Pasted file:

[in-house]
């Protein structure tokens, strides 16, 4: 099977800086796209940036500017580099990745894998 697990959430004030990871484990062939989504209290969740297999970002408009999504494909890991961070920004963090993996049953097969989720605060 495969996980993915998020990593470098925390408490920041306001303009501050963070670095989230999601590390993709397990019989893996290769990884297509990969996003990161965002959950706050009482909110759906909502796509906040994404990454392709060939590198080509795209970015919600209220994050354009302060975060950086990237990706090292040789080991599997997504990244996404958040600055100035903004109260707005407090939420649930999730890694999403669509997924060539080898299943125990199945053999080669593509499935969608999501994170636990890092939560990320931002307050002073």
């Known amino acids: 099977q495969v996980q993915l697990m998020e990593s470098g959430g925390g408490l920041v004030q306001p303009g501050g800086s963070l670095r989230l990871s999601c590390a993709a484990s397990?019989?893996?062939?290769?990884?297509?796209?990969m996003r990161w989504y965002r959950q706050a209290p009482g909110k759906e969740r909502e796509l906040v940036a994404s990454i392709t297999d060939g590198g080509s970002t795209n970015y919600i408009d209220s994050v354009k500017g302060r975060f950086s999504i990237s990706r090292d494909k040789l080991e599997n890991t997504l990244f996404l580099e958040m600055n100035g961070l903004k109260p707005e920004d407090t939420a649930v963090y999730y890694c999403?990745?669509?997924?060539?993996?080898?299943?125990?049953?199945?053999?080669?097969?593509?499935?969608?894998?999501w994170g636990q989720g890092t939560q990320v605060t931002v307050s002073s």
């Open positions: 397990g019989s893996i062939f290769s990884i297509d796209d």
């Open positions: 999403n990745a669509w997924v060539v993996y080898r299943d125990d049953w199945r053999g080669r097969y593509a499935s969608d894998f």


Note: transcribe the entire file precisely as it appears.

[in-house]
């Protein structure tokens, strides 16, 4: 099977800086796209940036500017580099990745894998 697990959430004030990871484990062939989504209290969740297999970002408009999504494909890991961070920004963090993996049953097969989720605060 495969996980993915998020990593470098925390408490920041306001303009501050963070670095989230999601590390993709397990019989893996290769990884297509990969996003990161965002959950706050009482909110759906909502796509906040994404990454392709060939590198080509795209970015919600209220994050354009302060975060950086990237990706090292040789080991599997997504990244996404958040600055100035903004109260707005407090939420649930999730890694999403669509997924060539080898299943125990199945053999080669593509499935969608999501994170636990890092939560990320931002307050002073």
């Known amino acids: 099977q495969v996980q993915l697990m998020e990593s470098g959430g925390g408490l920041v004030q306001p303009g501050g800086s963070l670095r989230l990871s999601c590390a993709a484990s397990?019989?893996?062939?290769?990884?297509?796209?990969m996003r990161w989504y965002r959950q706050a209290p009482g909110k759906e969740r909502e796509l906040v940036a994404s990454i392709t297999d060939g590198g080509s970002t795209n970015y919600i408009d209220s994050v354009k500017g302060r975060f950086s999504i990237s990706r090292d494909k040789l080991e599997n890991t997504l990244f996404l580099e958040m600055n100035g961070l903004k109260p707005e920004d407090t939420a649930v963090y999730y890694c999403?990745?669509?997924?060539?993996?080898?299943?125990?049953?199945?053999?080669?097969?593509?499935?969608?894998?999501w994170g636990q989720g890092t939560q990320v605060t931002v307050s002073s």
């Open positions: 397990g019989s893996i062939f290769s990884i297509d796209d």
């Open positions: 999403n990745a669509w997924v060539v993996y080898r299943d125990d049953w199945r053999g080669r097969y593509a499935s969608d894998f």